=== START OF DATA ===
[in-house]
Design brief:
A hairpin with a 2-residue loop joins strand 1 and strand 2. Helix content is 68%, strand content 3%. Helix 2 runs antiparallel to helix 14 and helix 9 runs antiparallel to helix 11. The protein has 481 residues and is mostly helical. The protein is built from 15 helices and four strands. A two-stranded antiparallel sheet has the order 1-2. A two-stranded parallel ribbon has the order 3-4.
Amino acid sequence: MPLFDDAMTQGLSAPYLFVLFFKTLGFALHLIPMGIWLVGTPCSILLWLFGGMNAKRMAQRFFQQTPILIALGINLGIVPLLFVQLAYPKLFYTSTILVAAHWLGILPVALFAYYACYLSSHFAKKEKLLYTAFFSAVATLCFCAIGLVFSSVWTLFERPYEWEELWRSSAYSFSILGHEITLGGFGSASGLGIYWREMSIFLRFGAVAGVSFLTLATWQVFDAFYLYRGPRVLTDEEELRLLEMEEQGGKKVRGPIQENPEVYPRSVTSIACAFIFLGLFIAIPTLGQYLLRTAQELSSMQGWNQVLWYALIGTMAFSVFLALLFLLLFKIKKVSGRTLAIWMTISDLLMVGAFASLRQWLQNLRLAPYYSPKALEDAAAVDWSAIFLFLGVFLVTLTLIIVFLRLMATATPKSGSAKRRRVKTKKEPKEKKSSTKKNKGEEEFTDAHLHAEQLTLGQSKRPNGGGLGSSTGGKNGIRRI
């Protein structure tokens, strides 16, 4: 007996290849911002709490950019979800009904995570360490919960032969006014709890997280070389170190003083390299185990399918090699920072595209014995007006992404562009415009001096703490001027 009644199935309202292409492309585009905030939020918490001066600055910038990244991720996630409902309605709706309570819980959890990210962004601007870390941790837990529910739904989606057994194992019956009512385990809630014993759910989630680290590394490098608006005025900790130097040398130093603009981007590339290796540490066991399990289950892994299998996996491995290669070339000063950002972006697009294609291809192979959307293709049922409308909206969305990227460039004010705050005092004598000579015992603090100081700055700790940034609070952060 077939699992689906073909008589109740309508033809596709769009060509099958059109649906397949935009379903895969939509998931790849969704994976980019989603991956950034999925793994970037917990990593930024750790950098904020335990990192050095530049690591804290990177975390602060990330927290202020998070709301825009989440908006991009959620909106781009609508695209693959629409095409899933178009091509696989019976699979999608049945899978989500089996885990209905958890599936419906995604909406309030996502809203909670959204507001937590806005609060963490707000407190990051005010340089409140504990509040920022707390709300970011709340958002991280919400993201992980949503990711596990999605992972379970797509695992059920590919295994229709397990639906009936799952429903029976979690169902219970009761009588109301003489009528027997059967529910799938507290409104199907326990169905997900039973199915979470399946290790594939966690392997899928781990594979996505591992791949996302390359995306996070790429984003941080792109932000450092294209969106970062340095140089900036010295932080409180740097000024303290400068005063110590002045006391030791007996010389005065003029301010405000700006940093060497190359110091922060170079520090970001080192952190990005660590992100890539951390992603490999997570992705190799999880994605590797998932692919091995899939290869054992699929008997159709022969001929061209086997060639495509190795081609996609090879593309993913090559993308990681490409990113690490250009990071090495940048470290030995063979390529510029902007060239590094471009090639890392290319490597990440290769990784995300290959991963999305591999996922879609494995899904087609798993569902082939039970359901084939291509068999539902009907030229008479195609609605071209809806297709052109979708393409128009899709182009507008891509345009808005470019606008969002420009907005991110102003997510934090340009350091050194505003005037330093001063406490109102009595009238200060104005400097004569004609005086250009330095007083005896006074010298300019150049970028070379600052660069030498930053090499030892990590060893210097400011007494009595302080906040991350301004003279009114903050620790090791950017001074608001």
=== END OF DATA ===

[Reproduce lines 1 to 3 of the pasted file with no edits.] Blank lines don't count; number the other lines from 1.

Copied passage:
[in-house]
Design brief:
A hairpin with a 2-residue loop joins strand 1 and strand 2. Helix content is 68%, strand content 3%. Helix 2 runs antiparallel to helix 14 and helix 9 runs antiparallel to helix 11. The protein has 481 residues and is mostly helical. The protein is built from 15 helices and four strands. A two-stranded antiparallel sheet has the order 1-2. A two-stranded parallel ribbon has the order 3-4.